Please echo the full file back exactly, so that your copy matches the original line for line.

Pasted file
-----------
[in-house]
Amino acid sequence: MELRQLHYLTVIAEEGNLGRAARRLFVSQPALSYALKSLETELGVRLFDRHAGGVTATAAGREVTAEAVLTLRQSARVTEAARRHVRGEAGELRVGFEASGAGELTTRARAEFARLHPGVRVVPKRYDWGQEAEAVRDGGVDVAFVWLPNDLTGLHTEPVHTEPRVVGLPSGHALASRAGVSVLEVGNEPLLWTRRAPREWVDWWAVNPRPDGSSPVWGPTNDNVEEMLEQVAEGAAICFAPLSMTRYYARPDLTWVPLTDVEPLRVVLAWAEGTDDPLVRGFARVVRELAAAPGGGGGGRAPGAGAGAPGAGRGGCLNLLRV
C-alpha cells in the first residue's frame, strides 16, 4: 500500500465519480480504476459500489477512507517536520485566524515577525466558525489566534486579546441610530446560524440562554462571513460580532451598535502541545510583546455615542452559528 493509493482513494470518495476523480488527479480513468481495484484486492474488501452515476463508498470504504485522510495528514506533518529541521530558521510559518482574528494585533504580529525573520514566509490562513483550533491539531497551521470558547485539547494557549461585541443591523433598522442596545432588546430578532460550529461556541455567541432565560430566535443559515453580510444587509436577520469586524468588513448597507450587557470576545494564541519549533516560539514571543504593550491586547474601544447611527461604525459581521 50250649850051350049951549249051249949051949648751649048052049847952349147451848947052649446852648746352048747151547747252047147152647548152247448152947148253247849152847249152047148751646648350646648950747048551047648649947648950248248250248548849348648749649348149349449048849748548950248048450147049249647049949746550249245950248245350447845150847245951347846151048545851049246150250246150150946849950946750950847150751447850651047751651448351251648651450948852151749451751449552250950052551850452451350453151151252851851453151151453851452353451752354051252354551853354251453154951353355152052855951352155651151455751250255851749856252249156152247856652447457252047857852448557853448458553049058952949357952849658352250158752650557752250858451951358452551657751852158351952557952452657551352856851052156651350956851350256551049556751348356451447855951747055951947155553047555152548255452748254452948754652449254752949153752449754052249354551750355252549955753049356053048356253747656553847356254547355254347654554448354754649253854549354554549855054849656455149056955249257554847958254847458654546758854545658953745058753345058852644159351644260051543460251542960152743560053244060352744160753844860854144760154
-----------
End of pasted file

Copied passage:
[in-house]
Amino acid sequence: MELRQLHYLTVIAEEGNLGRAARRLFVSQPALSYALKSLETELGVRLFDRHAGGVTATAAGREVTAEAVLTLRQSARVTEAARRHVRGEAGELRVGFEASGAGELTTRARAEFARLHPGVRVVPKRYDWGQEAEAVRDGGVDVAFVWLPNDLTGLHTEPVHTEPRVVGLPSGHALASRAGVSVLEVGNEPLLWTRRAPREWVDWWAVNPRPDGSSPVWGPTNDNVEEMLEQVAEGAAICFAPLSMTRYYARPDLTWVPLTDVEPLRVVLAWAEGTDDPLVRGFARVVRELAAAPGGGGGGRAPGAGAGAPGAGRGGCLNLLRV
C-alpha cells in the first residue's frame, strides 16, 4: 500500500465519480480504476459500489477512507517536520485566524515577525466558525489566534486579546441610530446560524440562554462571513460580532451598535502541545510583546455615542452559528 493509493482513494470518495476523480488527479480513468481495484484486492474488501452515476463508498470504504485522510495528514506533518529541521530558521510559518482574528494585533504580529525573520514566509490562513483550533491539531497551521470558547485539547494557549461585541443591523433598522442596545432588546430578532460550529461556541455567541432565560430566535443559515453580510444587509436577520469586524468588513448597507450587557470576545494564541519549533516560539514571543504593550491586547474601544447611527461604525459581521 50250649850051350049951549249051249949051949648751649048052049847952349147451848947052649446852648746352048747151547747252047147152647548152247448152947148253247849152847249152047148751646648350646648950747048551047648649947648950248248250248548849348648749649348149349449048849748548950248048450147049249647049949746550249245950248245350447845150847245951347846151048545851049246150250246150150946849950946750950847150751447850651047751651448351251648651450948852151749451751449552250950052551850452451350453151151252851851453151151453851452353451752354051252354551853354251453154951353355152052855951352155651151455751250255851749856252249156152247856652447457252047857852448557853448458553049058952949357952849658352250158752650557752250858451951358452551657751852158351952557952452657551352856851052156651350956851350256551049556751348356451447855951747055951947155553047555152548255452748254452948754652449254752949153752449754052249354551750355252549955753049356053048356253747656553847356254547355254347654554448354754649253854549354554549855054849656455149056955249257554847958254847458654546758854545658953745058753345058852644159351644260051543460251542960152743560053244060352744160753844860854144760154